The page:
Take the 2-minute tour ×
Stack Overflow is a question and answer site for professional and enthusiast programmers. It's 100% free, no registration required.

I am still having issues getting my data out of a list. My list contains a list of objects. (if that makes sense)

I think it's just a syntax issue. but I need to get to the object level to call the properties.

so here is the structure of my list when I go to thought the debugger to give you an idea how deep it is. Name Value

ItemList count = 40
-> [0] count = 1
--->[0] {namespace.class}
----> Propties Values

Now at this point I can see the properties and the values to these properties.

What is the syntax to access these properties?

I will describe how my structure is setup. So here is my list of my "Component objects"

List<Component> SYNCItems = new List<Component>();

All properties are being assigned to the objects and added into this list.

Now list SyncItems is being added to ItemsList amoung other items.

List<Object> ItemsList = new List<object>();


So it's like a multi array list.

Does this help?

share|improve this question
Show us some code defining your "list of objects." –  Jason Jun 8 '11 at 20:17
ItemList[0][0].PropName maybe ? –  Bala R Jun 8 '11 at 20:17
Instead of showing what the debugger is showing, it would be a lot more helpful if you posted some code instead because this isn't a debugging issue. –  jlafay Jun 8 '11 at 20:22
Random objects, as in List<object> or specific? If specific, iterate through the list with a for or foreach and display the properties by name. –  Gregory A Beamer Jun 8 '11 at 20:24
This is your problem. List<Object> ItemsList = new List<object>(); should be var ItemsList = new List<List<Component>>();. By having them stored as objects you lose the fact that they are lists. –  Chris Walsh Jun 8 '11 at 20:49

5 Answers 5

Misread the question at first. Assuming you mean something like:


Here is an example:

public class Person
    public string Name {get;set;}

List<List<Person>> superHeroes = new List<List<Person>>();
List<Person> persons = new List<Person>();

Person p = new Person {Name = "Superman"};
Person p2 = new Person {Name = "Batman"};
Person p3 = new Person {Name = "Spiderman"};



string batmanName = superHeroes[0][0].Name; //returns "Superman"

When you say your list contains a list of objects, do you mean a list within a list or just a list that contains more than 1 object.

share|improve this answer
He mentioned in response to my answer that the superHeroes[0][0].Name syntax doesn't work for him. I'm not entirely sure they're actually List<> types. –  Chris Walsh Jun 8 '11 at 20:34
Yeah, if it is a List<>, your code works for me, so I guess more details is needed. It goes a long way in helping you efficiently and accurately. –  Xaisoft Jun 8 '11 at 20:35
Yes. My list contains multiple obects –  Andy12 Jun 8 '11 at 20:36
I added more to my orignal question let me know if that helps. –  Andy12 Jun 8 '11 at 20:37
Based on your update, looks like you are just using generic list within a generic list. You should be able to access the properties via the itemsList[0][0].propertyName? –  Xaisoft Jun 8 '11 at 20:45

If you just want to read the data out, you could get the inner list.

var innerList = ItemList.SelectMany(i => ((List<Component>)i).ToList());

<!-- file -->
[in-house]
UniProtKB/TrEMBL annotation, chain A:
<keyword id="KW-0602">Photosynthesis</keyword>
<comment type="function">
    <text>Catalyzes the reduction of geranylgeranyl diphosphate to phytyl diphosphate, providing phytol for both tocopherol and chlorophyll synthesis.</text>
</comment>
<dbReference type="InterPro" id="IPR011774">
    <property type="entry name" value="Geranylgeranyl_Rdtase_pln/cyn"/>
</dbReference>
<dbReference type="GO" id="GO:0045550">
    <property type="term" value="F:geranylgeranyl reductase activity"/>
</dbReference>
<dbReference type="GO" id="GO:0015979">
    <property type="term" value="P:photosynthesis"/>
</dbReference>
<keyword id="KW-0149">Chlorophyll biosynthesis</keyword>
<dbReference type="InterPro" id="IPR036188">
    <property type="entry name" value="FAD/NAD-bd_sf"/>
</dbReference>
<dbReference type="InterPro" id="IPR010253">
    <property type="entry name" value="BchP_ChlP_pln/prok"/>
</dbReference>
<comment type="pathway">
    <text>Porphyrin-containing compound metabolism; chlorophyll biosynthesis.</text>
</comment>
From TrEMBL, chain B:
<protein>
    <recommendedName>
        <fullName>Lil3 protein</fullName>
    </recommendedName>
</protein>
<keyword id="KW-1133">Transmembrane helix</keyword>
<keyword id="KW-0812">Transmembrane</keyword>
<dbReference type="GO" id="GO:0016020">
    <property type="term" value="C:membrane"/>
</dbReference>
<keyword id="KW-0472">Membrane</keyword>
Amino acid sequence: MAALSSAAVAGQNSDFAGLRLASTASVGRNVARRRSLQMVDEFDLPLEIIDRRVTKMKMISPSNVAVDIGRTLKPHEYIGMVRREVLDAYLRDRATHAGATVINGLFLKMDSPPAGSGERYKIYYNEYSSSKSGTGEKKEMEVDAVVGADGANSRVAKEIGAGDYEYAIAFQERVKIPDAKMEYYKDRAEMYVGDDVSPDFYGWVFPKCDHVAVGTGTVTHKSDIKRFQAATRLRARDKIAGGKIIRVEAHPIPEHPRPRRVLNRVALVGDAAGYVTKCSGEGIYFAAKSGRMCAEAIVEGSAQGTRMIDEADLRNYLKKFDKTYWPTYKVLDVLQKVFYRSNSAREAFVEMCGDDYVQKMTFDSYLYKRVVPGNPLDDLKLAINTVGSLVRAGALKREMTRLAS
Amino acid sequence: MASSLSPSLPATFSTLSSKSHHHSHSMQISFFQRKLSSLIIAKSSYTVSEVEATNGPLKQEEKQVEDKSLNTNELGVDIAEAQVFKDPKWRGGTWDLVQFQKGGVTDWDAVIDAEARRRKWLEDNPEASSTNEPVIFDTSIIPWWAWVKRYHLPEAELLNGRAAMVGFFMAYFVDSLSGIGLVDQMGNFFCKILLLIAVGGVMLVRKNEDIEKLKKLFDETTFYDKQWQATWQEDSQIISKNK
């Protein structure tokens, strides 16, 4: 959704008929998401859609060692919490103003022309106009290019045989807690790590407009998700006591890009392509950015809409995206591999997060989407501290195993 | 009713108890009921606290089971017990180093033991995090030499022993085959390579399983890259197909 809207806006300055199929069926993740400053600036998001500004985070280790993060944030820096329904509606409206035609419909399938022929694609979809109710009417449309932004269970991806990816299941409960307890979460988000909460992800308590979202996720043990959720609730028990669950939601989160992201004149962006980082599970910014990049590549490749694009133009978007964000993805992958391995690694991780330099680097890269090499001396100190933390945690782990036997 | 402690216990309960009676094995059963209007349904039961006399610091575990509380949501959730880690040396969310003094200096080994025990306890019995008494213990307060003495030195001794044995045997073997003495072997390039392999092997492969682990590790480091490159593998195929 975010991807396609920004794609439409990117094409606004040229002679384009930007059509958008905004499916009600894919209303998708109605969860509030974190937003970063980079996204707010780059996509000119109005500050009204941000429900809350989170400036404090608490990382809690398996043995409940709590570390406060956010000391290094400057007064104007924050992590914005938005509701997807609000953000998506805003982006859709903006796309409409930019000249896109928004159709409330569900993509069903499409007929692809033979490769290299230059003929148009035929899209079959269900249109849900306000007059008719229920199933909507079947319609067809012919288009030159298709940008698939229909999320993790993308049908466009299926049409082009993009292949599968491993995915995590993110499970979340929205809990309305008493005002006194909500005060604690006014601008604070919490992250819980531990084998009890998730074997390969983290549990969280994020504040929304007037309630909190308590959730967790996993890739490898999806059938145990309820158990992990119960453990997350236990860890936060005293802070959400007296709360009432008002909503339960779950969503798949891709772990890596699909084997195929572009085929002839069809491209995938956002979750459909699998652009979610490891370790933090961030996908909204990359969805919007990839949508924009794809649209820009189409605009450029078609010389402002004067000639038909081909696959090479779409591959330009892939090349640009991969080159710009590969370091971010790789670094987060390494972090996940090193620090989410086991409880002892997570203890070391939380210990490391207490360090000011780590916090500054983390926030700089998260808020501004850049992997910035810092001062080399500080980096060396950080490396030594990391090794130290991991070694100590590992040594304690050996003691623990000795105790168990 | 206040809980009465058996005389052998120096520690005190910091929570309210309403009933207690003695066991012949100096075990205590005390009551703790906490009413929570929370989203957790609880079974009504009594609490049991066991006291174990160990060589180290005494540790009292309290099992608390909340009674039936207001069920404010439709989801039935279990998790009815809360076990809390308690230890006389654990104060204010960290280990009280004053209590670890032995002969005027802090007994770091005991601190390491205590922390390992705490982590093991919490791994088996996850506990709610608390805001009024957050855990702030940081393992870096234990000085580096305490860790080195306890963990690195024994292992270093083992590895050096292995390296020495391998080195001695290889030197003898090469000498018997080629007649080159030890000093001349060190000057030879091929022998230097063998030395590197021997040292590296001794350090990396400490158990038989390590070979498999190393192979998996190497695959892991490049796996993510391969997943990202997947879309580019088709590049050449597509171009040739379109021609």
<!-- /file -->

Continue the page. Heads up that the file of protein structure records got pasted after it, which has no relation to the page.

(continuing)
Then you can access the properties:

foreach(var prop in innerList)
      //do something with prop.myProperty

EDIT - Updated answer in reply to edited question. Use List<Component> instead of List<object>.

share|improve this answer

(Edited in response to the latest information)

You're using List<object> to store what should be a List<List<Component>>. The component list can be placed inside the object list, but it'll be stored as an object and you will no longer be able to access it as a list without casting back.

Change to the following:

List<Object> ItemsList = new List<object>();


var ItemsList = new List<List<Component>>(); // you can use type inference to save you some typing

(If you're using C# 2.0, specify type name instead of var as below:)

List<List<Component>> ItemsList = new List<List<Component>>();

You should then be able to access the inner list via ItemList[0][0].Property or by foreach iteration etc.

share|improve this answer
NOpe that doesn't work already tried that. –  Andy12 Jun 8 '11 at 20:21
Is it a List or IEnumerable? Not all collections can be accessed by indexer syntax, though a List of Lists certainly could be. –  Chris Walsh Jun 8 '11 at 20:22
@Andy12 I've updated my answer in response to your provided details. –  Chris Walsh Jun 8 '11 at 21:28

How about


Or something to that effect.

I think you want to access the list elements which is ElementAt(int index)

share|improve this answer
It's a list so you'd better go with [0]. –  Dan Abramov Jun 10 '11 at 14:38

Ah, I see your issue now. Here you go. Try this:

        List<SomeClass> SYNCItems = new List<SomeClass>();

        var obj1 = new SomeClass() { SomeProperty = "test" };

        var obj2 = new SomeClass() { SomeProperty = "test" };

        List<Object> ItemsList = new List<object>();


        var list = (ItemsList[0]) as List<SomeClass>;


And just for completeness, here is SomeClass. :)

public class SomeClass
     public string SomeProperty { get; set; }
share|improve this answer
i am using C# 2005 var doesn't seem to be reconized as a keyword. –  Andy12 Jun 9 '11 at 13:44
I'm not sure he really wants List<object>, it seems to me that he just doesn't know he can have List<List<Component>>. I think you need to clarify this. –  Dan Abramov Jun 10 '11 at 14:42

Your Answer


By posting your answer, you agree to the privacy policy and terms of service.

Not the answer you're looking for? Browse other questions tagged or ask your own question.